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Balance thyself, unbalance thy opponent

Another day of upgrading my striking software.  I know I need to relax, my body just hasn't agreed yet.  I am cognizant of my new first commandment: "Balance thyself, unbalance thy opponent."  I'm just not sure I can apply it.  Again when side stepping, the head moves over the moving leg, like a normal step, just laterally and rotating.

We reviewed the walking knees.  With a lead leg half-step, land on the ball of the foot, the rear knee goes straight forward as you extend your base leg and open the chest.  The knee drives forward, made sharp by the flexion of trying to get your calf to your thigh, the foot angles laterally to drive the knee midline.  A fluid, seamless, hip thrust finishes the knee.  In order to maximize precision, the hands simultaneously turn an invisible steering wheel toward the thrown knee side.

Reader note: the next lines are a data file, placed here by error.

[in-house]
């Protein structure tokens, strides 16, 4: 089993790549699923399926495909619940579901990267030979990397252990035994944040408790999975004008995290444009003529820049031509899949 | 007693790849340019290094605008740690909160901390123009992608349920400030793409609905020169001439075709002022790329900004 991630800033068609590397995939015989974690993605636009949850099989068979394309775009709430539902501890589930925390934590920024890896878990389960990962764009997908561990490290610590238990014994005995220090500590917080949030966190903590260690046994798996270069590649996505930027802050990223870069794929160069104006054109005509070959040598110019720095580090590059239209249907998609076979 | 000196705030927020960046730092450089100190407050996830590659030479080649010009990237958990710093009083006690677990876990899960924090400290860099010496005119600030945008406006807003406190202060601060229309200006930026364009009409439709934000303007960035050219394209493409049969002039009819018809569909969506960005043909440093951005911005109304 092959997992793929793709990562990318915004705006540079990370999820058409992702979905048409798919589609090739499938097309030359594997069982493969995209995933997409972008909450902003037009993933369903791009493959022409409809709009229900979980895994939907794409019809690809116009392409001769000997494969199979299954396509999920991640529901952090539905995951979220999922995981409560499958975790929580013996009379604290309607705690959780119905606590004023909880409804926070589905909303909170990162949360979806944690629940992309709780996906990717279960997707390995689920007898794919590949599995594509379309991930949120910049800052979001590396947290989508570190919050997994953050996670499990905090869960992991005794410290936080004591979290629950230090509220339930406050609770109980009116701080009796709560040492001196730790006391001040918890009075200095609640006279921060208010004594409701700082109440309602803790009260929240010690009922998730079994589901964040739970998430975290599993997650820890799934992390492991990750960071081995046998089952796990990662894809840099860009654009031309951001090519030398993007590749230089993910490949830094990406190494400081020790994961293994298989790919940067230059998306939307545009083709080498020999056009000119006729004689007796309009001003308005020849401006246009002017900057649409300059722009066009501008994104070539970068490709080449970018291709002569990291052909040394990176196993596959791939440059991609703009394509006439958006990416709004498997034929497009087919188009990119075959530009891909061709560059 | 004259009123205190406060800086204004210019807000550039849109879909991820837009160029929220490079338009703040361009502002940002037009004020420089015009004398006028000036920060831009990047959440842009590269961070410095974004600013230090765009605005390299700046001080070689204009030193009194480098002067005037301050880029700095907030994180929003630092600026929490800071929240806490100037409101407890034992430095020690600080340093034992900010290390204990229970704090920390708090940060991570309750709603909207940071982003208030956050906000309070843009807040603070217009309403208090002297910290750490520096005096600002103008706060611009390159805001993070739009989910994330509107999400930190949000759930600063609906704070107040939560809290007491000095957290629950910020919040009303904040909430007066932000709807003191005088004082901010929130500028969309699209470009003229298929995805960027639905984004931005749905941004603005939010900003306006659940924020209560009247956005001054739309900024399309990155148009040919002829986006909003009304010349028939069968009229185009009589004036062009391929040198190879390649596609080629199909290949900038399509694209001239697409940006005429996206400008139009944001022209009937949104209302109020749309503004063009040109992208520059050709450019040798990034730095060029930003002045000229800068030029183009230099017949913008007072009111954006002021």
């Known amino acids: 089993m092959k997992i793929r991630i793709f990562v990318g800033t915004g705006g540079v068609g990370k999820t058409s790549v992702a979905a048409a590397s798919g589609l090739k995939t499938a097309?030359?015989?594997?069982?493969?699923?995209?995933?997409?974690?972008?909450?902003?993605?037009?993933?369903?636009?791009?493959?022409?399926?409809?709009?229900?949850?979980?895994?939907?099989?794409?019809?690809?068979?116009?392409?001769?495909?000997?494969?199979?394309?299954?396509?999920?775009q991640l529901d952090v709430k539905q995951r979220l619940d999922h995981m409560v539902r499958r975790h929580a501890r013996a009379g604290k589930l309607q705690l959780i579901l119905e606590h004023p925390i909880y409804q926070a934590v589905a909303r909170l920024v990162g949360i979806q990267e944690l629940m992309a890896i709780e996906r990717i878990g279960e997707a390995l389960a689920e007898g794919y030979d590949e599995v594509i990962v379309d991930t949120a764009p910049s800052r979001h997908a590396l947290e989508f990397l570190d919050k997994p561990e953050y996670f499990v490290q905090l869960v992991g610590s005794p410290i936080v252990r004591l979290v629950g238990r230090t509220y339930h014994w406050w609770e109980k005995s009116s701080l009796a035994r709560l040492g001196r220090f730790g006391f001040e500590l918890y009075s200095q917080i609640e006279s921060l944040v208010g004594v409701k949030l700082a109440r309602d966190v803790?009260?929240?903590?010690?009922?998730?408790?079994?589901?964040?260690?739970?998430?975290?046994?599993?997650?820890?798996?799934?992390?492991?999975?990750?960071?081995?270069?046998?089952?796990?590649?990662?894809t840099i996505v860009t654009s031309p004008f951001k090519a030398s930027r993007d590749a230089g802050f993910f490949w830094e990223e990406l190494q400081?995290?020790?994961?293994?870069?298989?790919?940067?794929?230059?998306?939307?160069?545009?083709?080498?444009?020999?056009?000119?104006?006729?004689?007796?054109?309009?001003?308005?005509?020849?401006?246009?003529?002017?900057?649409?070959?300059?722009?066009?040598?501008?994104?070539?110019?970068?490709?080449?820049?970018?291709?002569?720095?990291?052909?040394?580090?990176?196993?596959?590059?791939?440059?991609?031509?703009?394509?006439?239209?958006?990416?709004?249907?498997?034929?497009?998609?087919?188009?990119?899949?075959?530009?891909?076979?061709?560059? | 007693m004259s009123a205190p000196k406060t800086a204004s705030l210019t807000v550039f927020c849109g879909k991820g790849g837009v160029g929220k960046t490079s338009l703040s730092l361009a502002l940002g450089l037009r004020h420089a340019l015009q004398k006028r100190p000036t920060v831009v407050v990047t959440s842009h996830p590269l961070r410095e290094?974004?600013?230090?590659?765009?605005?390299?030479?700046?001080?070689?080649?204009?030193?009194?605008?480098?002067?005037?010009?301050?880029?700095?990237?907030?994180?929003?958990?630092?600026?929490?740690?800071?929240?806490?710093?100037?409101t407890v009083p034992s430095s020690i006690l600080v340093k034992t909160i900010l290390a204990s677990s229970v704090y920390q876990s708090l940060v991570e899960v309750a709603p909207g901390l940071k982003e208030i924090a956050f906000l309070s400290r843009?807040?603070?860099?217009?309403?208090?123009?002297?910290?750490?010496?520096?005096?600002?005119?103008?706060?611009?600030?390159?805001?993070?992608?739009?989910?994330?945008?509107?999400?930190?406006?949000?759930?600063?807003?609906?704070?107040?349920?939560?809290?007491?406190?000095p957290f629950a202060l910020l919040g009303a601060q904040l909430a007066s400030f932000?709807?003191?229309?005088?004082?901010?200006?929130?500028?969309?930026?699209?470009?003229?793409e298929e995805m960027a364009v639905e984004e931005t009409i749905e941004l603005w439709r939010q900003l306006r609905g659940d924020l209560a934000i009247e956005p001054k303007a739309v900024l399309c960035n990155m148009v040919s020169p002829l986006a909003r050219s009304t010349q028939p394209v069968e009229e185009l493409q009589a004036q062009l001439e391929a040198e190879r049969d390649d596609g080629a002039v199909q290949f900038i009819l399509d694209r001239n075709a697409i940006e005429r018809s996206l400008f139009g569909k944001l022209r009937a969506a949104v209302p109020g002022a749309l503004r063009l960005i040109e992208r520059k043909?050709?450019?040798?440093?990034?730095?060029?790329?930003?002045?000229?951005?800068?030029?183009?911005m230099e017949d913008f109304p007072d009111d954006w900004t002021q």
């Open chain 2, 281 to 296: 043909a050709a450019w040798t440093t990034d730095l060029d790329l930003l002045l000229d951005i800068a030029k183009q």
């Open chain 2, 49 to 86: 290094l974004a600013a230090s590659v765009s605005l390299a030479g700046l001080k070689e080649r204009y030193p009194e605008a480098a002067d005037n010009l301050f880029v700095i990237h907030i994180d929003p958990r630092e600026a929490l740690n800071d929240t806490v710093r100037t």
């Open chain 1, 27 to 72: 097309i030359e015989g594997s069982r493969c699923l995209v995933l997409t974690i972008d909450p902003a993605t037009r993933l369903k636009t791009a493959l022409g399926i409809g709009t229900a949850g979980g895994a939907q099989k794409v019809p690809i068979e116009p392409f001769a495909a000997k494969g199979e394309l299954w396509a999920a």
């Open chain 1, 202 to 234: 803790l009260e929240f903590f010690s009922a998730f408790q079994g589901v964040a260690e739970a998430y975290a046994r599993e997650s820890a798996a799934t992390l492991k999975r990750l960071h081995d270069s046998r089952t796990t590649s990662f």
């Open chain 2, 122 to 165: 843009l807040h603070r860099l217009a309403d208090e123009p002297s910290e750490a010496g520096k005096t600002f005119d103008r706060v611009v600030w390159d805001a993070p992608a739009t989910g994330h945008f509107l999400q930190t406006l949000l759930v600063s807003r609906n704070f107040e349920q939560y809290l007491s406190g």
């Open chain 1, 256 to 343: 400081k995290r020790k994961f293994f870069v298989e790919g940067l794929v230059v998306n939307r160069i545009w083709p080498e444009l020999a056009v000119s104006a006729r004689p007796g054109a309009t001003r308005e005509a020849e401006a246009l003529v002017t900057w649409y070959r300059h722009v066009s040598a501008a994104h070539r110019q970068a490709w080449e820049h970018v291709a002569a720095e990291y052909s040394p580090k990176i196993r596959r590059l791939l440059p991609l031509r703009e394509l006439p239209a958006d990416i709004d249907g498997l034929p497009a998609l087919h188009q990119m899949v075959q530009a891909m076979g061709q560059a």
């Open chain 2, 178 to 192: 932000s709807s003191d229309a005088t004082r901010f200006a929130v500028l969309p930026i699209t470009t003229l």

Ian then showed some clinch knee technique.  From a wrestling tie up, throw three curve knees, then pummel inside to plum.  Drop step backward, and simultaneous snap the head.  Throw a straight knee.  If they are strong, i.e. you are unable to pull toward you, push the side of the head, perpendicular to your original pull, re-establish plum and drop step pulling them in the same direction.

Plum defense, reach one hand lateral to their clinch and grab the neck, pull the this arm as you twist this shoulder toward your opponent.  Now, trip them over your leg on this same side.  This can be drilled in knee sparring, with one opponent simply using the shoulder twist to defend and counter, keeping their hands behind their back.  You can use the fist to hold by placing the glove knuckle behind the head on the opposite side.

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